Prepress & Workflow

Bridging the Great Divide

Posted: October 10, 2009 by

This is what brands do…they bridge. They create the connective muscle between the functional and the emotional aspects of a product, service, or experience and work to meet the various benchmarks brand managers and clients seek—whether the goals are termed "differentiation," "pull," "loyalty," or "culture." When dealing with a new product or a niche brand this process of building strong connective tissue is even more critical for a brand's survival. So, when this work is being executed, how does one assure the best results?

With so much written on the business-face of branding, there is very little reference material for clients on managing the creative team. What insights can guide a client or brand manager working with a creative team to optimize this very critical aspect of a product launch?

Typically, it is the design team who conjugates the desires of stakeholders with the needs of the consumer. Good design is never just the result of a series of tasteful aesthetic choices. It is inherently strategic. So the sooner the design and strategy teams are integrated, the more meaning this work will have.

Within our own studio, Miloby Ideasystem, we approach design as a strategic process driven by concepts. We consider what we do for our clients as creating ordering systems. The belief is that creative concepts should be considered in terms of narratives able to move across disciplines, scale, and media, which we refer to internally as "brand systems." Concepts must remain mutable to be able to move seamlessly across the various levels of communication, from brand function to brand benefit, and from brand experience to brand culture. Each of these are delivered by different means and using different sets of tools. Potent brands have varying messaging working harmonically, with all the white noise methodically removed.

What may appear at first glance as herding cats, arriving at the end goal happens progressively. Attributes, benefits, research, barriers, opportunities, value propositions, consumer trends, pricing strategies, and so much more all need translation and distillation. However, along with this rigor and theoretical modeling, great client involvement is an important factor to producing a great brand. And for this, we offer these four basic client touchstone factors—openness, narrative, clean, wow.

Open

Are you open? Are new things allowed to happen? Open represents a willingness to reexamine and create opportunities for the unexpected. Remaining open under the influence of the world in which you are operating is what allows for invention and paradigm shifts within categories to happen.

To begin any design development or branding exercise "closed" leads to a limited internal looping of preexisting references and ideas. The trust this takes is daunting for many clients, and it can easily be short-circuited. However, this should also never be as an excuse for capriciousness. It is up to the client to define at the outset their tolerance for openness.

Narrative

Does the brand idea have narrative integrity? Is the idea a complete thought? Just as objects require structural integrity, concepts require creative integrity to survive once they are sent out into the marketplace. Whether in terms of a brand or simply its package, a creative narrative indicates a story is to be told. And—most importantly—that this story is understood by those outside the project's information loop.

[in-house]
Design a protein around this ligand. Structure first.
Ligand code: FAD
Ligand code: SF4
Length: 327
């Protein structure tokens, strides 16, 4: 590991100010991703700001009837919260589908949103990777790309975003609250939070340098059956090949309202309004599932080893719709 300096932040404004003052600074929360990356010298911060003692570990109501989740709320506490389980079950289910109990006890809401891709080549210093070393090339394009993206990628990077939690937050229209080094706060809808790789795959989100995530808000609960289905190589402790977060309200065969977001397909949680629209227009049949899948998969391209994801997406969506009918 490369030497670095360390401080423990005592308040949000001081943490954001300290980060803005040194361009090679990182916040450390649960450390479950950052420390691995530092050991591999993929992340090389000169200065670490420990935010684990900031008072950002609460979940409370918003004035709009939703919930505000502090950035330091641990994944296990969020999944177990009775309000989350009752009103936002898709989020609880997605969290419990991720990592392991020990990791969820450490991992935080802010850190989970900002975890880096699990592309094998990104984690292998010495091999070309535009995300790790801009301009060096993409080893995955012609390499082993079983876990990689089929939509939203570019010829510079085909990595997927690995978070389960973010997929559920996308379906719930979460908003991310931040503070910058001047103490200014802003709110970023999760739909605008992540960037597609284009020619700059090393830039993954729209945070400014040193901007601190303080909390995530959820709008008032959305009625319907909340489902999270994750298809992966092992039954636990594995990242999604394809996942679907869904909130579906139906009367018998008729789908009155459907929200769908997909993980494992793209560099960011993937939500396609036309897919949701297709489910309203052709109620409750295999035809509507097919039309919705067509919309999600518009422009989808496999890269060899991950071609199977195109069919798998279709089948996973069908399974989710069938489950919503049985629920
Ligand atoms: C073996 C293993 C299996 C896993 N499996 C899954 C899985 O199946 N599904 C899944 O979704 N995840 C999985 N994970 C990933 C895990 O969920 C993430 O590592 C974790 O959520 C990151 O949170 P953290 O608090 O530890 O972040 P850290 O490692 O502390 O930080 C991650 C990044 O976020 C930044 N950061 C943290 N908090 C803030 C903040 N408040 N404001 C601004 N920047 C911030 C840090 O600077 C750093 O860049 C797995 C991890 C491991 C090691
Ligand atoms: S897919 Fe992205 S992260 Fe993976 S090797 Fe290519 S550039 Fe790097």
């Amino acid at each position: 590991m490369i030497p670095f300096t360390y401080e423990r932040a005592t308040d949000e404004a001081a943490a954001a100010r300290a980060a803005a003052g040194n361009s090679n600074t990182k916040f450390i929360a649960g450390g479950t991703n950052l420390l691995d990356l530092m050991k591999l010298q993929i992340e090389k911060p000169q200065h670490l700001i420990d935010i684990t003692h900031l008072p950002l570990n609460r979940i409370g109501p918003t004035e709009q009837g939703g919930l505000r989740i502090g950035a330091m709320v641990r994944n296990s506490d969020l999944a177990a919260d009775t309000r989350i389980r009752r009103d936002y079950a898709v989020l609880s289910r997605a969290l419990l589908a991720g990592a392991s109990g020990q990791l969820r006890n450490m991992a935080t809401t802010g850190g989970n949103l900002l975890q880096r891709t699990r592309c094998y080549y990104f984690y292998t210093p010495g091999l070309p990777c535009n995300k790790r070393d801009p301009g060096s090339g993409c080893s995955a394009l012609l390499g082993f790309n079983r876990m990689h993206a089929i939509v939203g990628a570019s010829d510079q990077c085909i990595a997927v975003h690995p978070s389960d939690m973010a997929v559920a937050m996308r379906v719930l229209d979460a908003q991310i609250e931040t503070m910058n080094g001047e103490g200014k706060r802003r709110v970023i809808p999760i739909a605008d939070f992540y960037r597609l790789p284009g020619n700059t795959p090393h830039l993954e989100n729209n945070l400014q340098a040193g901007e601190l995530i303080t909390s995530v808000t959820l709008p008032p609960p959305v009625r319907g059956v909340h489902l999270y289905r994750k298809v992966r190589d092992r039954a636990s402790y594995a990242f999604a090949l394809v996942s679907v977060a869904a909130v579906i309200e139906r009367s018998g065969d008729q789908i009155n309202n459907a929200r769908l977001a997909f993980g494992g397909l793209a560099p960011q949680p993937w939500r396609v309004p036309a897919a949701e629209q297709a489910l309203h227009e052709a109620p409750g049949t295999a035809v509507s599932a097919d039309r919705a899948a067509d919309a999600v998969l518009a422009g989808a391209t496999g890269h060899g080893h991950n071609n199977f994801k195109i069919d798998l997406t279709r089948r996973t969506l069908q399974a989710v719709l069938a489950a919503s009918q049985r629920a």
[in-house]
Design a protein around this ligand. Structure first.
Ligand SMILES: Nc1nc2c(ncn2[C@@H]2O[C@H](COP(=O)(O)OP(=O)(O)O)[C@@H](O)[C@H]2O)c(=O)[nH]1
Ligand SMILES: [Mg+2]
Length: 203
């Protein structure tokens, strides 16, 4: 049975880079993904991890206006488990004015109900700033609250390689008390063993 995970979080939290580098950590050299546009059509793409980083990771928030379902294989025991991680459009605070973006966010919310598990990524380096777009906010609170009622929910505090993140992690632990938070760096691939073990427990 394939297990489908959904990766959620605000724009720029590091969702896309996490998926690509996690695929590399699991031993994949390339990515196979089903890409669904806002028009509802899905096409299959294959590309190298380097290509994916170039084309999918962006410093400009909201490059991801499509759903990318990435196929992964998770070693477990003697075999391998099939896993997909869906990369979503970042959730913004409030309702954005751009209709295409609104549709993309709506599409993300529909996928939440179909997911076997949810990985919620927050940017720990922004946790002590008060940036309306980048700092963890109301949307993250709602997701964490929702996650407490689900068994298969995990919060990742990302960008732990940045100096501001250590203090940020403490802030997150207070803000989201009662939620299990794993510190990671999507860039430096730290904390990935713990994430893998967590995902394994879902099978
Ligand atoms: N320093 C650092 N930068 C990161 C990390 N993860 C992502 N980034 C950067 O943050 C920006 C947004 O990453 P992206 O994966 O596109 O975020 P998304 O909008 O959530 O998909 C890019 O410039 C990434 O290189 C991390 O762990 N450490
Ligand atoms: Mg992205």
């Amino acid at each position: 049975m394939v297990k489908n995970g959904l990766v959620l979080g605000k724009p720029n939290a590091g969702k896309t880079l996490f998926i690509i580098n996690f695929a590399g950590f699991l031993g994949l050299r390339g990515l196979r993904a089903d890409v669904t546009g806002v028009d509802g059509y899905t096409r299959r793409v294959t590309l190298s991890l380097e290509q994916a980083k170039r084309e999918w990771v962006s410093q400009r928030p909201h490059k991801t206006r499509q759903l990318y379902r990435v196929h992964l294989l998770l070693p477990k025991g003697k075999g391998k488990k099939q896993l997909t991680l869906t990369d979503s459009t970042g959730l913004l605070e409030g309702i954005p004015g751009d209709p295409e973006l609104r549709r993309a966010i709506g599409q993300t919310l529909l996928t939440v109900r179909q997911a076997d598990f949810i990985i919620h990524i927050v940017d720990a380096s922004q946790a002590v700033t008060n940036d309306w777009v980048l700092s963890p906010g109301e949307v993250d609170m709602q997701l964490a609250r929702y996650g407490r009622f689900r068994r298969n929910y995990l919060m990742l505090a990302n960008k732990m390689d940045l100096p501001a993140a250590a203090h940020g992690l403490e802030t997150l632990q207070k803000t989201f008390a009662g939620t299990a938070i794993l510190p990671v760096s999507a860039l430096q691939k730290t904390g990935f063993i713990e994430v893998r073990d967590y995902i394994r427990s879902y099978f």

Clients must remember that the relationship between a new brand (or product) and the consumer is never the same 360° version they have. Therefore, everything must be understandable to a newly exposed, unfamiliar audience. It is typically difficult for the client to separate himself or herself from the obstacles and achievements associated with producing their product. But even the most complex product or brand—such as microchips or prescription drugs—can be, and must be, distilled into one clear narrative.

Clean

How clean is the brand? Getting clean means putting ideas through the conceptual car wash in order to wash away anything but the core iconography. When we clean, we wipe away the fingerprints of individuals, trendy fetishisms, and the rote actions that hinder a project from being its own.

The easiest question that can be asked during this process is: "What else can be removed?" A clean brand is one that can never be confused with any other. It will have its own voice, its own character. When the inverse is true, when there is more and more added in an attempt to "not leave anything on the table," the dirtier the brand becomes. Consumers are less likely to identify the iconography, and brand communication is muddied.

Wow!

Once all of the creative heavy lifting is done, it is time to step back and evaluate the Wow! factor. Why? Because Wow! means the functional and the phenomenal aspects of a project are in balance. It means communication is happening. Without some Wow!, all you have is cold oatmeal.

This is not to suggest that novelty or surprise or shock is the goal. The Wow! factor is simply the acid test at the end, when you step back to evaluate the true impact of the work on a human level. Sometimes even the most well intentioned marketing and branding teams work diligently and fervently and yet the results are so overly considered that the passion of the human spirit has been overlooked or left behind.

Milana Kosovac is cofounder and principal of Miloby Ideasystem, a creative consultancy and design studio in New York City. The firm works intimately with brands and entrepreneurs to bring new ideas to market, working with longstanding CPG, film, real estate, and fashion brands. Contact her at 212-627-9510 or email milana@miloby.com.

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